Ever since Julia Child was reinvigerated by Julie Powell in Julie & Julia, especially the screen version, it seems like everyone is trying their hand at France’s most famous beef stew. And with good reason. It’s delicious and fun to make… once. After I got married, and we started entertaining at home more, I jumped on the wagon too. For every dinner party I had two winters ago, I made a Boeuf Bourguignon. It takes a long time to prepare, as you likely know, but you can do all the work early, let it cook in the oven for hours while you get ready, the house smelling delicious when your guests arrive.
Living in France, my trouble was that our guests (and my husband) had grown up with Boeuf Bourguignon like Americans grow up with macaroni and cheese. Their mothers all cook it expertly, recipes are passed down through generations, and I was worried my attempt simply wouldn’t live up to expectations. It would be a little like my mother-in-law trying her hand at Southern BBQ ribs or cornbread. It just might not … work out.
To my delight, as my first guests took a bite, they assumed my belle-mère had given me a frozen pot of her own Boeuf Bourguignon to warm up. I’d duped them all. Success! Of course it was her family recipe. There are a few tricks to getting a Boeuf Bourguignon perfectly French, and I’ll do a video soon on just how that’s all done.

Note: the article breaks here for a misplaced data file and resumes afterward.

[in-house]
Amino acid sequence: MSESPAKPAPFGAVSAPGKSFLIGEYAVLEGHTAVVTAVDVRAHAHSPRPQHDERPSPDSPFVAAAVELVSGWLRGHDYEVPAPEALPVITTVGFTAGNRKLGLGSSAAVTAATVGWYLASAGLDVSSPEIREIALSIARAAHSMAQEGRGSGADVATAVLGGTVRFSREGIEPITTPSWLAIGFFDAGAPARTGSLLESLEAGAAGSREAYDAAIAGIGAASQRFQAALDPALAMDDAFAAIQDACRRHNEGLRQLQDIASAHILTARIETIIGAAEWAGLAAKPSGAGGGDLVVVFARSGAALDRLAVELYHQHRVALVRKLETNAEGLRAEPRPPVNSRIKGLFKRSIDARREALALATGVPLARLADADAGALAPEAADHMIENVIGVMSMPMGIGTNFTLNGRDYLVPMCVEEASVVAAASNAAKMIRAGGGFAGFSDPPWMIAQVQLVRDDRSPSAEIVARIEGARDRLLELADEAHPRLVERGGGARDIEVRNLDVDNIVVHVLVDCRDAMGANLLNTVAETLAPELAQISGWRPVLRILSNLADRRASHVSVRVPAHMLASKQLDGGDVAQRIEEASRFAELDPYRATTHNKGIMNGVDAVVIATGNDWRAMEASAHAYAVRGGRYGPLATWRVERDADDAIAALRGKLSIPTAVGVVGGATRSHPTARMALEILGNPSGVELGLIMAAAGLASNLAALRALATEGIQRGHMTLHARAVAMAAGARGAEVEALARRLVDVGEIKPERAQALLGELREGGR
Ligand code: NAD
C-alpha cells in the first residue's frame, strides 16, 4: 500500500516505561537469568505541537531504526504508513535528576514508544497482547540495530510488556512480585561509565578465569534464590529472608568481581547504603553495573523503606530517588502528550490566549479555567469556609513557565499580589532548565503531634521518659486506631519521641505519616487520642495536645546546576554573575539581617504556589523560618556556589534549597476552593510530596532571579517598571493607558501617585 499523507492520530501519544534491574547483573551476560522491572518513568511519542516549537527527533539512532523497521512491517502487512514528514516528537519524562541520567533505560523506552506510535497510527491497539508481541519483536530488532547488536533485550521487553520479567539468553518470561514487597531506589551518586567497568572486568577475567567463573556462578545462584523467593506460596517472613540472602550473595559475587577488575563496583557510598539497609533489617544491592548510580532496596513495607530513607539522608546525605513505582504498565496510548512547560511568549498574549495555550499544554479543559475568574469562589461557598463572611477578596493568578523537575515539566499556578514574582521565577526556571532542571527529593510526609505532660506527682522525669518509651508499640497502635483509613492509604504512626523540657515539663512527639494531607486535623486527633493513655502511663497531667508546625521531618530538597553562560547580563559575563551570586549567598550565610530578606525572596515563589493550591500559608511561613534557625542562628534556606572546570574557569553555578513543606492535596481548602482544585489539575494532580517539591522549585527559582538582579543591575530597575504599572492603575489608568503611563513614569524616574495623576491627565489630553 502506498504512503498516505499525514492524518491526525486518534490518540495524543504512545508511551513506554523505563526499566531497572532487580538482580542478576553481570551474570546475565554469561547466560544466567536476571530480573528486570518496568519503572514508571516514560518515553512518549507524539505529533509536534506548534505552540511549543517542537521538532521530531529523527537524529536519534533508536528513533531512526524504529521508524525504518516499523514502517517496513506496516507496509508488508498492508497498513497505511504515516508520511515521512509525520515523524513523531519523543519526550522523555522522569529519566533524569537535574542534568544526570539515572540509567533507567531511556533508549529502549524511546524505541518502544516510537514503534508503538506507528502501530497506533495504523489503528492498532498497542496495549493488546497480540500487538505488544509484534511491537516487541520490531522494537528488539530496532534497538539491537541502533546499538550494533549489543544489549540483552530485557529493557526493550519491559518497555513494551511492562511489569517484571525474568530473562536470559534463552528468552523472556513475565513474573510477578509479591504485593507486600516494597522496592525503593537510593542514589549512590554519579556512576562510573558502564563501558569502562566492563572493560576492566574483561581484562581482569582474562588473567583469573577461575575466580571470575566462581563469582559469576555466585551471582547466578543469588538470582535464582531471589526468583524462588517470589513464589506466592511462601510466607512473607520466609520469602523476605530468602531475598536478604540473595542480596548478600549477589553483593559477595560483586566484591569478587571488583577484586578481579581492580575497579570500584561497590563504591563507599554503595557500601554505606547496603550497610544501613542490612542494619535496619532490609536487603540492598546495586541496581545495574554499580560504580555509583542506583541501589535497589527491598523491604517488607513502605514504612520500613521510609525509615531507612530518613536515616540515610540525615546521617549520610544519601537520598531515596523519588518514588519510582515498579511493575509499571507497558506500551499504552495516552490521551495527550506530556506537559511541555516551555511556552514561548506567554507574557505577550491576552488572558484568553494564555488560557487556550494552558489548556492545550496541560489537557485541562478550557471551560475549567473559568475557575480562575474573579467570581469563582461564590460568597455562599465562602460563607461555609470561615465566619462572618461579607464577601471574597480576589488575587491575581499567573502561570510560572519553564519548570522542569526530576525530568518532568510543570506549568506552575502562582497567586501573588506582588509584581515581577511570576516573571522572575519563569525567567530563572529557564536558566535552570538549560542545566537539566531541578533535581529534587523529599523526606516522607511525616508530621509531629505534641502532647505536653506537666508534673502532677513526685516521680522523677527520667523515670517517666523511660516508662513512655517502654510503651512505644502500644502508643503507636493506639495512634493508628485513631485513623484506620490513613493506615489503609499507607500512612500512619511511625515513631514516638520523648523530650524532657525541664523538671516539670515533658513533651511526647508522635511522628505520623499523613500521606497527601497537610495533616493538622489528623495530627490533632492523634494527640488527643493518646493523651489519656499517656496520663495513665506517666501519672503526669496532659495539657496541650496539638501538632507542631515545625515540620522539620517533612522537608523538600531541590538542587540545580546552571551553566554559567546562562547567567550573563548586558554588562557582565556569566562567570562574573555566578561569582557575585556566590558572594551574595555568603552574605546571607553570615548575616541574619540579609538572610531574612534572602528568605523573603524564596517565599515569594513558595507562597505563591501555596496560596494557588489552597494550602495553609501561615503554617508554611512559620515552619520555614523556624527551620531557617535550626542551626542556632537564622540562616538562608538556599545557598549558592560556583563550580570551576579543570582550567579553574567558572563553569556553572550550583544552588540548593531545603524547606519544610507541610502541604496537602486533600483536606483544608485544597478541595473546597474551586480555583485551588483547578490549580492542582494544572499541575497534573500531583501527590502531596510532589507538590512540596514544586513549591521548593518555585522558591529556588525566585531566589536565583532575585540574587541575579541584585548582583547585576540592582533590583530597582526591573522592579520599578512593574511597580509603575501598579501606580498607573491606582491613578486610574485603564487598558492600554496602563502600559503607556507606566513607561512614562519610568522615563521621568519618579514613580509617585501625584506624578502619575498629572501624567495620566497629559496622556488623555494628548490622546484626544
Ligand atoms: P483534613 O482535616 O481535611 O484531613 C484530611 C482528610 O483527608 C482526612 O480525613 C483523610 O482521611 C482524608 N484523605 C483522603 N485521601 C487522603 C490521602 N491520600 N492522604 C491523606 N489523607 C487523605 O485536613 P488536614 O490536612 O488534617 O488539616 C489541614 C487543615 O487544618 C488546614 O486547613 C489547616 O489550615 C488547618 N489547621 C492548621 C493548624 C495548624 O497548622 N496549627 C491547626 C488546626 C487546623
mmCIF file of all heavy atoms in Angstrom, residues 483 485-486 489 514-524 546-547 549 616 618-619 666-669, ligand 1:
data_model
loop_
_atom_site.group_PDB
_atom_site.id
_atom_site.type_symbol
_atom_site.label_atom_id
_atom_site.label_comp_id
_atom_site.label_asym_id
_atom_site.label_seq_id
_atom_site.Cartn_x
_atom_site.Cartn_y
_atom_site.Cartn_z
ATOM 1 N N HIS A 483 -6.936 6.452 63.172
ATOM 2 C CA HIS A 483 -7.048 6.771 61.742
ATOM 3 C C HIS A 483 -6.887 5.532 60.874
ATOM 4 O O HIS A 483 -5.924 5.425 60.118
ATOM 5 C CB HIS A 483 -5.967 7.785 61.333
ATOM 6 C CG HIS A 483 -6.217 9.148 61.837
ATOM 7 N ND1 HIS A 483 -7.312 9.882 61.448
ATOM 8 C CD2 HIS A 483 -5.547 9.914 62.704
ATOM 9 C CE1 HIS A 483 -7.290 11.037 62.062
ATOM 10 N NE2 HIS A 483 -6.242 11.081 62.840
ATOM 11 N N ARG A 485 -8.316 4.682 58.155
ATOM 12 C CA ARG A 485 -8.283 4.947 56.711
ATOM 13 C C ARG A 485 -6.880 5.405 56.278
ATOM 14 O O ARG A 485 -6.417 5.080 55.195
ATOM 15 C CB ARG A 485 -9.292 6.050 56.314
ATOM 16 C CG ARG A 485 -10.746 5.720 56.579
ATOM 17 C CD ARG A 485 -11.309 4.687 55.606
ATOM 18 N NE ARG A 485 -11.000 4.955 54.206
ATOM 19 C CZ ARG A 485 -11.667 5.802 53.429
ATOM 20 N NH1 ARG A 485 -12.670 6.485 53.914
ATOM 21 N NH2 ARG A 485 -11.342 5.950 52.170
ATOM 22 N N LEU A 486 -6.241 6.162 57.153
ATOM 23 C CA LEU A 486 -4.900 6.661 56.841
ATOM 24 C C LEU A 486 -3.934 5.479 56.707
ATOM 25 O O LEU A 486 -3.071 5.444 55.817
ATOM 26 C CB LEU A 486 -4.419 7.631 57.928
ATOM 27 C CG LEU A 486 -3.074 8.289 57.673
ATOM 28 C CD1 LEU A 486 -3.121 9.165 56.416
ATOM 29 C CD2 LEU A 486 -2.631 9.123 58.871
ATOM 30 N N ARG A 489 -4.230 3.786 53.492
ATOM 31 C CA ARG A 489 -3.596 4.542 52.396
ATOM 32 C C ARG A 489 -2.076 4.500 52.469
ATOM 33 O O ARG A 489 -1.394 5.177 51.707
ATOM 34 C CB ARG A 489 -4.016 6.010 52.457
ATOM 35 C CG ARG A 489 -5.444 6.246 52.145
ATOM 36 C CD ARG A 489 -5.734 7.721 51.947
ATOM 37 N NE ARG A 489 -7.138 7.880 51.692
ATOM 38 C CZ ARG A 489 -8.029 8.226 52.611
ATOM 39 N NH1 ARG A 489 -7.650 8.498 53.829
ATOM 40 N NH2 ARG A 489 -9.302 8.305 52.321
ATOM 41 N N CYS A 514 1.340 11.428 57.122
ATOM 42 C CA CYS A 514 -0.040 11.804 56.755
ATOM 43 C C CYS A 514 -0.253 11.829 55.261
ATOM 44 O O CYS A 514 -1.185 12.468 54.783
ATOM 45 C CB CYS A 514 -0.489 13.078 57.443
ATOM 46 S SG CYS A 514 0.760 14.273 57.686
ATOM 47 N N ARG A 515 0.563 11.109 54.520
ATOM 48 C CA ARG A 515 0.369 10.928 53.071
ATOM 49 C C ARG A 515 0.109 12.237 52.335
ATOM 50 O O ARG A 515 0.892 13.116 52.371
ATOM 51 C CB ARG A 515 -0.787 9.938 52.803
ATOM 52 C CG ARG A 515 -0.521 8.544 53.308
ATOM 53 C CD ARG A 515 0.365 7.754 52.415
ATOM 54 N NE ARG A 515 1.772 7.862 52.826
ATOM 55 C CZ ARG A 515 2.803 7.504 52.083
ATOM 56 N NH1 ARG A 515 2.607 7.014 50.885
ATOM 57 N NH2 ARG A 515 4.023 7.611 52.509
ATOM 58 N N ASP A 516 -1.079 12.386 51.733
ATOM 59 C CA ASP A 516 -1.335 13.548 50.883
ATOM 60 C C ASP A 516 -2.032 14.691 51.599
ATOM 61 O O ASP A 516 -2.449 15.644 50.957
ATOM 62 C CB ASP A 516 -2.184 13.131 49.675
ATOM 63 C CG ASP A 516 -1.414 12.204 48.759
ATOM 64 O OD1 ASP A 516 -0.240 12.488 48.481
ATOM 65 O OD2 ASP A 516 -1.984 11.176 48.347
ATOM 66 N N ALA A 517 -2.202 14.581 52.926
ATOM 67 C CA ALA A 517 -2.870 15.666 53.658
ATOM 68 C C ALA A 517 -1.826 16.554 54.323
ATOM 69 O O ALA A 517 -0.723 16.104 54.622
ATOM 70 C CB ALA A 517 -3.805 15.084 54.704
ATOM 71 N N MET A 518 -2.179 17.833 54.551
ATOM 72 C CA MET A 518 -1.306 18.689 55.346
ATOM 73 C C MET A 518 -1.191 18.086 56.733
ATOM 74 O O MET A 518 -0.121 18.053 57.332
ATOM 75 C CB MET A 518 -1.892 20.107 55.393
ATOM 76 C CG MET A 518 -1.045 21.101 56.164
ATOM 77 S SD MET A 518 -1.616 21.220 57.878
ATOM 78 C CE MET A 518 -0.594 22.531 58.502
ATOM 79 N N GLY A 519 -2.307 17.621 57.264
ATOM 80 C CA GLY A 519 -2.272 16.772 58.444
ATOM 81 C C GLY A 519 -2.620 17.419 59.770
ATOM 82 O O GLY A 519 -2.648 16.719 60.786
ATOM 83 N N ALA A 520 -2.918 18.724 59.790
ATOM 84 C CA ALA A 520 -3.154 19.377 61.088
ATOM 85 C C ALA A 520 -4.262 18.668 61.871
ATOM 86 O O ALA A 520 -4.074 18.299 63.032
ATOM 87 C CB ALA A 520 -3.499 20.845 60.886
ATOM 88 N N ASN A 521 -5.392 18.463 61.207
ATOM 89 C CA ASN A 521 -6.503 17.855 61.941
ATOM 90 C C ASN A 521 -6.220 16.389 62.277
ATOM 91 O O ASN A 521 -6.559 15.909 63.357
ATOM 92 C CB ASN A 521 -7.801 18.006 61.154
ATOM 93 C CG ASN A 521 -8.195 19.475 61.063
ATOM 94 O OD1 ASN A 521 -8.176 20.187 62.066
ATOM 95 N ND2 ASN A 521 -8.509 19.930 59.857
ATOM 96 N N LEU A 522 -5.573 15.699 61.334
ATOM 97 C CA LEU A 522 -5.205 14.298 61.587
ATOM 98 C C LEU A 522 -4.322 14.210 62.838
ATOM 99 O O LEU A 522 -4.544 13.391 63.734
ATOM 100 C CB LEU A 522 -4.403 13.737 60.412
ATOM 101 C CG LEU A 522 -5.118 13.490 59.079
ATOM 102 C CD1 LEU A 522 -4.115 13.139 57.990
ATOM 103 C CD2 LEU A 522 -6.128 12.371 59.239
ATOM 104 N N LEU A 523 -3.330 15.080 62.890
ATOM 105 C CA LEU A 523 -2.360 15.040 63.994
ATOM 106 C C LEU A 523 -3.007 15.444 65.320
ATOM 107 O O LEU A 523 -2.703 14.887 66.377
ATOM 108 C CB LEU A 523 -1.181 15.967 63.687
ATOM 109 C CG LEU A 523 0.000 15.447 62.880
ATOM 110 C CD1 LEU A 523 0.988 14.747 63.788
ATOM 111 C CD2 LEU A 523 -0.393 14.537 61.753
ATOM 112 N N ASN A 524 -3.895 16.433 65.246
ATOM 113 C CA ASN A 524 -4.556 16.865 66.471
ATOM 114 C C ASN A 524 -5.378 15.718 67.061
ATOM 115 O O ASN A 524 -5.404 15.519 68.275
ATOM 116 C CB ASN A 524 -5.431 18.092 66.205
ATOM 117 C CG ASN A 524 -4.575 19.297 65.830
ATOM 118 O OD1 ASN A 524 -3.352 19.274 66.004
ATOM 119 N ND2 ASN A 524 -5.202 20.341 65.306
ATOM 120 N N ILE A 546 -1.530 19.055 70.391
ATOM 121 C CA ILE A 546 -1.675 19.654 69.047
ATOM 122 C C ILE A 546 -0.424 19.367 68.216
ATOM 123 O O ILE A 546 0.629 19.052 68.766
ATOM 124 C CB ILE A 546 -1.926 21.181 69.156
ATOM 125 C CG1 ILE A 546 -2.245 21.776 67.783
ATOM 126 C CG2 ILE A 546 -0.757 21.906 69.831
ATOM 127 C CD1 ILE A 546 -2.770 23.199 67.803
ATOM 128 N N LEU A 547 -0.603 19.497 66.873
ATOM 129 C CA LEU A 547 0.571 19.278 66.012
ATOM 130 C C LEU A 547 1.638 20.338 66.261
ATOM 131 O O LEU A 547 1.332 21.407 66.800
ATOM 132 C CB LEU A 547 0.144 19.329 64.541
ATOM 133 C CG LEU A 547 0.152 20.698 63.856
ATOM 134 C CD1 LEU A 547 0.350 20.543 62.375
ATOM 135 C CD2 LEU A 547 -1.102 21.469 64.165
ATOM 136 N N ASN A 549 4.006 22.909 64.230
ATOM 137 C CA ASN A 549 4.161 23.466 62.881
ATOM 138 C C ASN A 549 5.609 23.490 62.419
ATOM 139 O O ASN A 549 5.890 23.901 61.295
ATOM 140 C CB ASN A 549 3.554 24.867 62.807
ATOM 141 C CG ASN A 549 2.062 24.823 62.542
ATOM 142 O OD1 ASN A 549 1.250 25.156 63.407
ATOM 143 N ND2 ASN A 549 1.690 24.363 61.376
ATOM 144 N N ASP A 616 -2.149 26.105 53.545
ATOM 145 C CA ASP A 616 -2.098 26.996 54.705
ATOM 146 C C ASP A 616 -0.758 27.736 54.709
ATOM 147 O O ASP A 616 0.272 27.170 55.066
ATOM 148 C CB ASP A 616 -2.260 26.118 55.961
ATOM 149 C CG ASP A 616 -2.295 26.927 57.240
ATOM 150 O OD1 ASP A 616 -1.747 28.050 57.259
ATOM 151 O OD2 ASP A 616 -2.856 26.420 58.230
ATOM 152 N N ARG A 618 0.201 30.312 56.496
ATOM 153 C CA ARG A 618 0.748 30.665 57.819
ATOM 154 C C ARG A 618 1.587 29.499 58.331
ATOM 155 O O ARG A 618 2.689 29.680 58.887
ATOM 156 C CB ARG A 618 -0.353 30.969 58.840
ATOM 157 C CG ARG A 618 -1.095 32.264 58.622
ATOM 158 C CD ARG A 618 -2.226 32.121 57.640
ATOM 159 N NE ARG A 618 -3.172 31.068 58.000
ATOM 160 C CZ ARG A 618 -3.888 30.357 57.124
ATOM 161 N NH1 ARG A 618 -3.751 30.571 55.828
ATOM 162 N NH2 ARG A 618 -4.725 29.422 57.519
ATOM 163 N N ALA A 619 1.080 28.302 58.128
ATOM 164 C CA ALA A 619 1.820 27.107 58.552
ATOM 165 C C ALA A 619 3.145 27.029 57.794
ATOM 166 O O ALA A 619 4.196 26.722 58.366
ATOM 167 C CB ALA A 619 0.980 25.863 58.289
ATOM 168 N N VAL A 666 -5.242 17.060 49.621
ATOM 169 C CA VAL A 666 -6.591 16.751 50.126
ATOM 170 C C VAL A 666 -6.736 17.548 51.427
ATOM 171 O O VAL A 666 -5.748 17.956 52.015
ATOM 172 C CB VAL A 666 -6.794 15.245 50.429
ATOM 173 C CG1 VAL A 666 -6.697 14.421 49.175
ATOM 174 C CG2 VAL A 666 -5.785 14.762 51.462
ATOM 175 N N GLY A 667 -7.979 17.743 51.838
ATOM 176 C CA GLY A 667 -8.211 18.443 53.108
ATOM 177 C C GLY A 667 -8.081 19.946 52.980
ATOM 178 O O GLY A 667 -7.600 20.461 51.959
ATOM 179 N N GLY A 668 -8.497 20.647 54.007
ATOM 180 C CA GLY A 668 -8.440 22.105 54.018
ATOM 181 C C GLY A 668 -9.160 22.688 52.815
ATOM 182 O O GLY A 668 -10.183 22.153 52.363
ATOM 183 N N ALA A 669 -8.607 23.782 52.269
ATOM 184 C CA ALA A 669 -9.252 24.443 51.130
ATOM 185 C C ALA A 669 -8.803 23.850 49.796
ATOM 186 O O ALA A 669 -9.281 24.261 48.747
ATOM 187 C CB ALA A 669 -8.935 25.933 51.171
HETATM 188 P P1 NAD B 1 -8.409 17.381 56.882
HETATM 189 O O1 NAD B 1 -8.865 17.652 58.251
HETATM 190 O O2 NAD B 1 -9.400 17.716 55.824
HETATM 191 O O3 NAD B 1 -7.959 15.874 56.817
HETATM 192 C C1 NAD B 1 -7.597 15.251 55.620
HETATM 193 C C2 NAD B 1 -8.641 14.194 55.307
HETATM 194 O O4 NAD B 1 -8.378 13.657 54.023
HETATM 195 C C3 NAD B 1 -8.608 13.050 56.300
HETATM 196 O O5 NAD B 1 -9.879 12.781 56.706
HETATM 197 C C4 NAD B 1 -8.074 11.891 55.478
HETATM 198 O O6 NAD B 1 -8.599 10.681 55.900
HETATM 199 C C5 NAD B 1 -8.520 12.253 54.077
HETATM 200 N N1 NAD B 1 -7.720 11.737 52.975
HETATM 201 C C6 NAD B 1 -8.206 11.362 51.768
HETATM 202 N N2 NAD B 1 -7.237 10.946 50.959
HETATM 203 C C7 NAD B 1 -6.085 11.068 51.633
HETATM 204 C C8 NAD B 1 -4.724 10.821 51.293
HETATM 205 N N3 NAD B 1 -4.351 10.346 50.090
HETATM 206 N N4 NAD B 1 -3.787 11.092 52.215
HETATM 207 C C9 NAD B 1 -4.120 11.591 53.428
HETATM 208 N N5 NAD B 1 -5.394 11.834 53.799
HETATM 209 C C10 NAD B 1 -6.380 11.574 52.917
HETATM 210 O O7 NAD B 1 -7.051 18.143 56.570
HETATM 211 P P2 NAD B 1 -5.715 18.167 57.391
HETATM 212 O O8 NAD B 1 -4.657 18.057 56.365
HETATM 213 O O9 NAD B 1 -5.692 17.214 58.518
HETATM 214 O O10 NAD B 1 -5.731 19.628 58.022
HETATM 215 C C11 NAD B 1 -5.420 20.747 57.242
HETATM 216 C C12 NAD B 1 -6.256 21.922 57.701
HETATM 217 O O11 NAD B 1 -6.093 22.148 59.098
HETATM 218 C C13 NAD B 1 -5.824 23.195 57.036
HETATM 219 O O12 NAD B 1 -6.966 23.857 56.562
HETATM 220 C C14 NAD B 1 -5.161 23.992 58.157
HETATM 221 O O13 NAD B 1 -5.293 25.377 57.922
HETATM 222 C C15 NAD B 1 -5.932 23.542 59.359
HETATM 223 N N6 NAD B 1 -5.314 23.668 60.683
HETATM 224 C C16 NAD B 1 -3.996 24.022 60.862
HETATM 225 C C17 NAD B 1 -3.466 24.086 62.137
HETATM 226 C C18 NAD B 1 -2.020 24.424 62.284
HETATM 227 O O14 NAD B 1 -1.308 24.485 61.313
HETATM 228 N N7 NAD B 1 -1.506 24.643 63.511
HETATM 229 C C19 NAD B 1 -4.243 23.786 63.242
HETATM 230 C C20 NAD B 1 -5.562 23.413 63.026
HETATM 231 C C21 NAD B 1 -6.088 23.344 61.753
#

Once I’d gained confidence in my Boeuf Bourguignon, the next trouble was what to feed the guests when they came back for the next dinner party. You certainly can’t feed them the same meal and hope they won’t remember! Heaven forbid. This would be a real faux pas to the French! It would show lack of imagination, bordom, laziness or perhaps all three. Stumbed for ideas on how to continue to impress my French guests, I asked my belle-mère for suggestions. She gave me plenty, and I’ll share them all in time.
But for now, let me introduce you to the French Frichti.
Like Boeuf Bourguignon, Frichti is a traditional French recipe for winter. It’s a stew like dish that sticks to your bones and keeps you warm. It makes the house smell decadent. It is much simpler to prepare than a Boeuf Bourguignon and it only takes about 35 minutes to cook.
Too boot, it goes impeccably with full body reds, like a Bordeaux or a Côte de Rhône.
Françoise’s French Frichti (timing: 5 mins prep, 35 minutes cooking)
Ingredients: (for two couples)
- 800g (28oz) porc filet mignon
- 1 large onion chopped
- 1 large can of skinned tomatoes cut in pieces
- Herbes de Provence (or orageno, parsley, thyme and basil)
- Salt & pepper
- In a meduim pot, sauté chopped onion in olive oil on med-low heat until they turn transparent.
- Add porc cut up into pieces. Turn up heat to meduim.
- Add the tomatoes.
- Add the herbs, S&P.
- Let simmer on meduim heat for 35 minutes. Stir occasionally to avoid sticking.
Serve with boiled new potatoes, mashed potatoes or rice.